Title:
Automatic pacing system for a baby bottle
United States Patent 9033167
Abstract:
An insert which is useable with a baby bottle, a baby bottle including an insert, and a method of feeding an infant that serves to pace the infant's feeding rhythm. Generally, these devices and methods will be of use for a preterm infant, but that is by no means limiting because full term infants could also benefit from these devices and methods. The device generally cues the infant to swallow and breathe after each 1-4 sucks by stopping the flow of the fluid from the bottle after the infant has sucked sufficiently. Once the baby breathes, the bottle resets for the next repetition.


Inventors:
Pineda, Roberta (St. Louis, MO, US)
Abramoski, Alyssa (Canton, MI, US)
Forrester, William (Concord, CA, US)
Salisbury, Rebecca (Broomfield, CO, US)
Application Number:
14/205574
Publication Date:
05/19/2015
Filing Date:
03/12/2014
Assignee:
PREEMIE-PACER, LLC
Primary Class:
Other Classes:
137/537, 215/11.5, 222/260
International Classes:
A61J9/00
Field of Search:
215/11.4, 215/11.5, 222/555, 222/560, 239/33, 137/511-543
View Patent Images:
US Patent References:
20110266245Infant Oral Feeding System2011-11-03Lau
6966904Feeding device and feeding method for infants2005-11-22Ruth et al.
6659302Leak proof coffee mug lid2003-12-09Lin220/254.8
20010002011BABY BOTTLE WITH REINFORCED LIQUID FLOW TUBE2001-05-31Tebeau215/11.4
6033367Smart bottle and system for neonatal nursing development2000-03-07Goldfield
5791503Nursing bottle with anti-air ingestion valve1998-08-11Lyons215/11.5
5150800Training cap for nursing bottles1992-09-29Sarter et al.215/11.4
4339046Nursing bottle1982-07-13Coen215/11.5
Foreign References:
WO2012174315A12012-12-20FEEDING SYSTEM FOR INFANTS
Primary Examiner:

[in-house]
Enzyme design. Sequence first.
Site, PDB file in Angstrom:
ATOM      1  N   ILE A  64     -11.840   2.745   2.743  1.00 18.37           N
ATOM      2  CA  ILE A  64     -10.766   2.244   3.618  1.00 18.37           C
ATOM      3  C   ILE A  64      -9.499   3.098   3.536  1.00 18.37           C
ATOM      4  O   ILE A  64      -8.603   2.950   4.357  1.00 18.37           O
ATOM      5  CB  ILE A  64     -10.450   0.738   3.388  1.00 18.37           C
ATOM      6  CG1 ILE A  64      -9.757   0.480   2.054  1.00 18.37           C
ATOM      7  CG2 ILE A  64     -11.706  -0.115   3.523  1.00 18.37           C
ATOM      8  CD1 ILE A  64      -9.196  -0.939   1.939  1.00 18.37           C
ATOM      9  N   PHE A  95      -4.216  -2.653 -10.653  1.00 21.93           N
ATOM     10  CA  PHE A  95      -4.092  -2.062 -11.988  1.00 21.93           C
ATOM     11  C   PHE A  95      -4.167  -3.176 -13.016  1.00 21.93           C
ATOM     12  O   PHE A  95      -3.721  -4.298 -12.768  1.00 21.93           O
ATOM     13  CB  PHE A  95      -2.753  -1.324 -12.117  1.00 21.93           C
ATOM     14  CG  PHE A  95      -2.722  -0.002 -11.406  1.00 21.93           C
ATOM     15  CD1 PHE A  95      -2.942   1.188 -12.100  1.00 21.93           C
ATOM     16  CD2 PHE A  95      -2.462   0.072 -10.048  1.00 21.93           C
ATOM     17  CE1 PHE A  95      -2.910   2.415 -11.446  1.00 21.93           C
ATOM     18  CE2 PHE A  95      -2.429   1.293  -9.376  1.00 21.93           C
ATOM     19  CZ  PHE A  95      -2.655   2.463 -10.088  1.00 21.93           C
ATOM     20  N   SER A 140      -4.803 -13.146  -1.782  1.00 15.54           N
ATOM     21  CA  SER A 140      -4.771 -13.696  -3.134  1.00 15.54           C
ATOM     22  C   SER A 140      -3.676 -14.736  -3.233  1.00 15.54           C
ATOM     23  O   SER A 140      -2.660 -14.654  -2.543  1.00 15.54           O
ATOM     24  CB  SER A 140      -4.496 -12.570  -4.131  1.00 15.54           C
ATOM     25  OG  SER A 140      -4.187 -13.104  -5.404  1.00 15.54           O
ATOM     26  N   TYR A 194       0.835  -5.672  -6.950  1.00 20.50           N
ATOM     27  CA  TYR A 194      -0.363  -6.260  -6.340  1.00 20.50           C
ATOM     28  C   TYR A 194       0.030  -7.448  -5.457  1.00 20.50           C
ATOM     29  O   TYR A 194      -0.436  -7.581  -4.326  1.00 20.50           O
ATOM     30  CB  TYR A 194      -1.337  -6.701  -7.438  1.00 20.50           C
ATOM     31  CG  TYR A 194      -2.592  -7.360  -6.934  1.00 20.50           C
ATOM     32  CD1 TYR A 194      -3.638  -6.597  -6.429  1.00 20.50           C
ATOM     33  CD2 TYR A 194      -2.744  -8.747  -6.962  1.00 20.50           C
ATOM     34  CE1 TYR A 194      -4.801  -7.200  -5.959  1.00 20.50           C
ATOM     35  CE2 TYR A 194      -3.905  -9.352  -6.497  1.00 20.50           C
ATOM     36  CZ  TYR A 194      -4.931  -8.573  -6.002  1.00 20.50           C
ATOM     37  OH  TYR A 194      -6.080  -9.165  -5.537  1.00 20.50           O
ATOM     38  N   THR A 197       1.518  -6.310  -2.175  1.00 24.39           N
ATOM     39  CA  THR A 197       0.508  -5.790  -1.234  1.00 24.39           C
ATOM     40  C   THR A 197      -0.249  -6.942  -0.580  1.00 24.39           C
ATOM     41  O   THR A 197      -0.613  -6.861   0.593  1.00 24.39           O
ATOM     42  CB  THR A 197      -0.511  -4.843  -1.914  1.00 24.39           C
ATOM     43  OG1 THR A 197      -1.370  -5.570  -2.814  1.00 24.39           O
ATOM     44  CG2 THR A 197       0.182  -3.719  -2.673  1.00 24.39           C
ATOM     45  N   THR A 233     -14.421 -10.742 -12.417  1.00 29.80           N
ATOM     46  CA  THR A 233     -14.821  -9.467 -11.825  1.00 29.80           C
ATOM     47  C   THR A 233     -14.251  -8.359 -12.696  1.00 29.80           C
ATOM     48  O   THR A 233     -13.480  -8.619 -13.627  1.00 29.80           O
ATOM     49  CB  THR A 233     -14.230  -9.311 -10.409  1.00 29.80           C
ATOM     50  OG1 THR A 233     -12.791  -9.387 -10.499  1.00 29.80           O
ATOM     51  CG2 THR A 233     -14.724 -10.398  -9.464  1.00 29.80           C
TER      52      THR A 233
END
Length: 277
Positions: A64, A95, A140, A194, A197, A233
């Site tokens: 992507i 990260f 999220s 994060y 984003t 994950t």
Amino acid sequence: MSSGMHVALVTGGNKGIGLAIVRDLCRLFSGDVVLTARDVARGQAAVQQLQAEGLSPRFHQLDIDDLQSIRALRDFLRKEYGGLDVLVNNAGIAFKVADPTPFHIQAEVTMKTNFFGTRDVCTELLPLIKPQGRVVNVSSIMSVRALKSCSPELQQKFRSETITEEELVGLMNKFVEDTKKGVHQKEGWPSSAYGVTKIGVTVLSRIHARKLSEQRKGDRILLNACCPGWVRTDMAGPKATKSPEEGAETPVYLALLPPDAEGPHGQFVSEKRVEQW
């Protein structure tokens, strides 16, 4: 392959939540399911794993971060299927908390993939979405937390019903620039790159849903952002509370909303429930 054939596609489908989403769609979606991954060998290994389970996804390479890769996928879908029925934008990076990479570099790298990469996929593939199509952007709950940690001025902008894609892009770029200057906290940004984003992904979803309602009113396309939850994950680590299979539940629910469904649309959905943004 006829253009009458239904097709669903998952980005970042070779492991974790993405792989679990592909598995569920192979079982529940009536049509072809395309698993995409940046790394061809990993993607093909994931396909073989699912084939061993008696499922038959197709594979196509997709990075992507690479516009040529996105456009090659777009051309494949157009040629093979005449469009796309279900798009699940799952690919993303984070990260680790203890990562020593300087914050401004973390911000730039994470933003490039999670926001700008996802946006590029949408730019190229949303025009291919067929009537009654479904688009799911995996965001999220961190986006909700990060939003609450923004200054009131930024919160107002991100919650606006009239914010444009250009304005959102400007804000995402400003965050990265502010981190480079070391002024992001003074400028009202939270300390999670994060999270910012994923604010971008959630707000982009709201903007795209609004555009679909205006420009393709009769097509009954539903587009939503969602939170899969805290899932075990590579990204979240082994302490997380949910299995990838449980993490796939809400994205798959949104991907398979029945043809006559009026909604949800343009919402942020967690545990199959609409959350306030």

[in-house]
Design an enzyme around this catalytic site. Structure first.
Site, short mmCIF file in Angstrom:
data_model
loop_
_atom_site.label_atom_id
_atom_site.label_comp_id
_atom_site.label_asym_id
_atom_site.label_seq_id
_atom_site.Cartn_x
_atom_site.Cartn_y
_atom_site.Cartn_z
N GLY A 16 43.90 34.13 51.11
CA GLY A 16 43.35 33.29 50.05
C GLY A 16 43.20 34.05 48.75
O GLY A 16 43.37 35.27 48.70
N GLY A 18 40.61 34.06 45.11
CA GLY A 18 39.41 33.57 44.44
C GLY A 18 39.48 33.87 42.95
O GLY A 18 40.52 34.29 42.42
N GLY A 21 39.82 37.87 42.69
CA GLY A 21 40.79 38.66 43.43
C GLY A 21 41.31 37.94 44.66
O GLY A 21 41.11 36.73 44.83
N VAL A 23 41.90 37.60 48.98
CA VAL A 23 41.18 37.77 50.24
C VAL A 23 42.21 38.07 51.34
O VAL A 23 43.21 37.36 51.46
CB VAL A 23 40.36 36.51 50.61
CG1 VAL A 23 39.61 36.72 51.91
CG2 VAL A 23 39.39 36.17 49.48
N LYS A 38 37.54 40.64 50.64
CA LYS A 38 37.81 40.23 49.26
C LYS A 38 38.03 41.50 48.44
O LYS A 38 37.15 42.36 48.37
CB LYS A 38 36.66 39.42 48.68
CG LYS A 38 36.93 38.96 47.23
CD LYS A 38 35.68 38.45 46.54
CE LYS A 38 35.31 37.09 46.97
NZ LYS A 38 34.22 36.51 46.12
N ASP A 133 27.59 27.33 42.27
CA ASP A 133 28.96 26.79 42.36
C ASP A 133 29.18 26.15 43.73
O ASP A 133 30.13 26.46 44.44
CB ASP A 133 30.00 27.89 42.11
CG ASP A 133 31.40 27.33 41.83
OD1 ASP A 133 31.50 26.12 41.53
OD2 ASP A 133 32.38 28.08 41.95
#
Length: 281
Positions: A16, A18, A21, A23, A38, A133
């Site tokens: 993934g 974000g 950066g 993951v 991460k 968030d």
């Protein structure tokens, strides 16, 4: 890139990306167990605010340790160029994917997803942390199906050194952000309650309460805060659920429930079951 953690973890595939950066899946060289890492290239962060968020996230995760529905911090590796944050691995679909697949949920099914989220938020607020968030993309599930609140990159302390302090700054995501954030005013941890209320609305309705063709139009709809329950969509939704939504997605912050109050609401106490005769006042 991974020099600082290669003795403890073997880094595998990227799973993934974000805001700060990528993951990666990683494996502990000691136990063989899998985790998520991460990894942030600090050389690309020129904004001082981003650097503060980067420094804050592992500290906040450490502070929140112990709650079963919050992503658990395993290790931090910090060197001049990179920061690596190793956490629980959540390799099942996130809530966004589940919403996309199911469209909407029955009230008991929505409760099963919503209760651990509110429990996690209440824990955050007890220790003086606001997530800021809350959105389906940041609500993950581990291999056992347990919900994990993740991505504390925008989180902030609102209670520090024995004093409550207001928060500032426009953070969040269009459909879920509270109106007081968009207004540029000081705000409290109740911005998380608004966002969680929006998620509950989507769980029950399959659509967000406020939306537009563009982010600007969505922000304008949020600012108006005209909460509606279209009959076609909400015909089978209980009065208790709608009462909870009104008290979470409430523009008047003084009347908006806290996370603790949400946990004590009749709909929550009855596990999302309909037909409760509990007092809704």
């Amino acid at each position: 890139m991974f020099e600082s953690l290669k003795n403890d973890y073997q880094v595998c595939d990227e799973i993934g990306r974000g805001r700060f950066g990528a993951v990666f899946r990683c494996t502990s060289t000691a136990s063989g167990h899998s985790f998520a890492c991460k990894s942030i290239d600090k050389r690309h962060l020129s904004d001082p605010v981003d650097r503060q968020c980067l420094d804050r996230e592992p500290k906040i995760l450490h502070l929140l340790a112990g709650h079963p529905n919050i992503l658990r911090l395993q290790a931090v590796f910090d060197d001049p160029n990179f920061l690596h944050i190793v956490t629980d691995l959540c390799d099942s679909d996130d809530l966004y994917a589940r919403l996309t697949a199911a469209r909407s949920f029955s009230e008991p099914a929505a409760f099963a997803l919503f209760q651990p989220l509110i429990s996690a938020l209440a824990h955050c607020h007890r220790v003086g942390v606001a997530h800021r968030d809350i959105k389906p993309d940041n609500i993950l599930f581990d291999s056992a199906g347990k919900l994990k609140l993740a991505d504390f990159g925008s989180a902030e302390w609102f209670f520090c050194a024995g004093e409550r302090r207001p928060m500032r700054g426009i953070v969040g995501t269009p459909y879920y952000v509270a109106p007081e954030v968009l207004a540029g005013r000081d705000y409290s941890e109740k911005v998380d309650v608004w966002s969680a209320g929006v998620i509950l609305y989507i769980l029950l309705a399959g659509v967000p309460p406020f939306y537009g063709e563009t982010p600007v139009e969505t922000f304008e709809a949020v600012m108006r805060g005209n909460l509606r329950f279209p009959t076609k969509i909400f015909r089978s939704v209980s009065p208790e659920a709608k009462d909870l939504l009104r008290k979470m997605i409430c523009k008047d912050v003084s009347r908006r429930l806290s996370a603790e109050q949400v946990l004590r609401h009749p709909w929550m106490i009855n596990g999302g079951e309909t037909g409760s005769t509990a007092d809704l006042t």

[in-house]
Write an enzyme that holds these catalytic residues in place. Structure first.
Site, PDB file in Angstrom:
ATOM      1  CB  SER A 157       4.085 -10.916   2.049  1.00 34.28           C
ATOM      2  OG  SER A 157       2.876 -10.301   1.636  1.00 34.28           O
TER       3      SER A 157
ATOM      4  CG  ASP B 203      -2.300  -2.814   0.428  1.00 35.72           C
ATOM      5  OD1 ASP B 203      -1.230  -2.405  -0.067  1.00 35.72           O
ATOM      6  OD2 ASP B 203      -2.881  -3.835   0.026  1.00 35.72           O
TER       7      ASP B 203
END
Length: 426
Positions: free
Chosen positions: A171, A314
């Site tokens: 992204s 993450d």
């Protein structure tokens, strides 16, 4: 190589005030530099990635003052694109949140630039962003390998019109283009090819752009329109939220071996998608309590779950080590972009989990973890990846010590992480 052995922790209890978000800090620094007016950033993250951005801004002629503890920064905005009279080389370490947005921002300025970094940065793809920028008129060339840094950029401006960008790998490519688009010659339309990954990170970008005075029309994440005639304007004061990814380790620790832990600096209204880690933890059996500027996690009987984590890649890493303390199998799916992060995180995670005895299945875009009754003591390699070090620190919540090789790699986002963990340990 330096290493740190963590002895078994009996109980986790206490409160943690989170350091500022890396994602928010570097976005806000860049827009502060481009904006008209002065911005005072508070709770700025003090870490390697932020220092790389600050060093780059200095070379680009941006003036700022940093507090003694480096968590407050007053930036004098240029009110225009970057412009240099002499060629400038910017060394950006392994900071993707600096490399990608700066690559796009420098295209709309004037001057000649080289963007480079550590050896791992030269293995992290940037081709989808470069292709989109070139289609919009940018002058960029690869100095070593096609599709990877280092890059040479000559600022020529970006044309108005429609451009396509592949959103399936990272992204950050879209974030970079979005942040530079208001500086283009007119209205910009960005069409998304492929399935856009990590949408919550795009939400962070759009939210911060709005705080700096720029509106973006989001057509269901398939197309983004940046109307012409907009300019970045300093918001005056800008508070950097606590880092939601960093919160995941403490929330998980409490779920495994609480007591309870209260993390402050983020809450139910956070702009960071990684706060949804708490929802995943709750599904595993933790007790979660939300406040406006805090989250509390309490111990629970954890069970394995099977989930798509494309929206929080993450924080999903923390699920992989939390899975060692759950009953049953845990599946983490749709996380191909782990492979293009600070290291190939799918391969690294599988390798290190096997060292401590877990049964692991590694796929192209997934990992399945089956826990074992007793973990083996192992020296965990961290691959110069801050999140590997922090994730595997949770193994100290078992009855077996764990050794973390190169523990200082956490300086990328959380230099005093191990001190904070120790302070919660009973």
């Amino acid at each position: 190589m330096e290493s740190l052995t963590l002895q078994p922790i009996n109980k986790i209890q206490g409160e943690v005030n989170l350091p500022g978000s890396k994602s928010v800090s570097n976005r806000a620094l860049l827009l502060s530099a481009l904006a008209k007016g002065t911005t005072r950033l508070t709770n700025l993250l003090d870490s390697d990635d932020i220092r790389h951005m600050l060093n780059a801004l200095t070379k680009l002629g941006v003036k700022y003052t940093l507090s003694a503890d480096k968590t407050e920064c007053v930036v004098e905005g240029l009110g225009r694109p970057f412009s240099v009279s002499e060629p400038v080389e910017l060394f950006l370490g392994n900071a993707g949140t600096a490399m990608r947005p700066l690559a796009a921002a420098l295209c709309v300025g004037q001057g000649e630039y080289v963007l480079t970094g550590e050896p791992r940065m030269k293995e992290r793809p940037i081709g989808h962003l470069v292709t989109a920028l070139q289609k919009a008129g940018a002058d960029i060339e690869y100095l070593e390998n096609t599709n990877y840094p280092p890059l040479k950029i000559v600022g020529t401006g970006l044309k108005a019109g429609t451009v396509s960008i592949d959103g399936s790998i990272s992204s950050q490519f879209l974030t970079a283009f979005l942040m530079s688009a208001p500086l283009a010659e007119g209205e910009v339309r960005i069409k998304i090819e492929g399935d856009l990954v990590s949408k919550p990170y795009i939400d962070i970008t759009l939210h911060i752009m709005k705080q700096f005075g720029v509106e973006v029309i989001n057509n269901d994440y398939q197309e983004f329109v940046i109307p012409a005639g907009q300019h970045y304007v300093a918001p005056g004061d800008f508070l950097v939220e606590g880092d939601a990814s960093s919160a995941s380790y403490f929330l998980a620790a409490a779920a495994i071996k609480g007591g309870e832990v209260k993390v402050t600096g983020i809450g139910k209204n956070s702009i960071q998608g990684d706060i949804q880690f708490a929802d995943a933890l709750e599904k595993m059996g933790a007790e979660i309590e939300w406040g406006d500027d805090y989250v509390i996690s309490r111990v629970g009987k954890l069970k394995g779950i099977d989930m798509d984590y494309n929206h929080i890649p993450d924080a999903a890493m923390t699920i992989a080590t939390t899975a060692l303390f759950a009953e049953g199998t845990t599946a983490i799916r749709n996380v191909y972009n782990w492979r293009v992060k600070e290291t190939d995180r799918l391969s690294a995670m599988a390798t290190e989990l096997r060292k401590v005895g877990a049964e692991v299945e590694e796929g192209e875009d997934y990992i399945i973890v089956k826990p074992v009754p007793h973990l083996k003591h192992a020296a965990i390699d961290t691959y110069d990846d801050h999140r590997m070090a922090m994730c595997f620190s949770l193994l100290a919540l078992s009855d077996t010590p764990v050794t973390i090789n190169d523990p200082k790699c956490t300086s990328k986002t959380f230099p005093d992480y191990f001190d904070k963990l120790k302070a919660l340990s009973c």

Stashick, Anthony
Assistant Examiner:
Collins, Raven
Attorney, Agent or Firm:
Lewis Rice LLC
Parent Case Data:

CROSS REFERENCE TO RELATED APPLICATIONS

This application claims benefit of U.S. Provisional Patent Application No. 61/777,312, filed Mar. 12, 2013, the entire disclosure of which is incorporated herein by reference.

Claims:
The invention claimed is:

1. A pacing valve for use with a baby bottle, the valve comprising: a base having a plurality of holes therethrough; a turbine having a plurality of channels therethrough, said turbine being rotational mounted to said base so that said channels are intermittently aligned and misaligned with said holes; and a spring, said spring biasing said rotational mounting so that said channels are aligned with said holes; wherein, said pacing valve is placed between a main body and a nipple of a baby bottle; wherein, an infant sucking on said nipple will move fluid from said main body to said nipple and cause said turbine to rotate relative to said base; wherein as said turbine rotates from said fluid moving therethrough, said channels become misaligned with said holes; wherein when said channels are misaligned said fluid flow through said channel ceases; and wherein when said infant ceases sucking, said spring rotates said turbine to align said channels with said holes.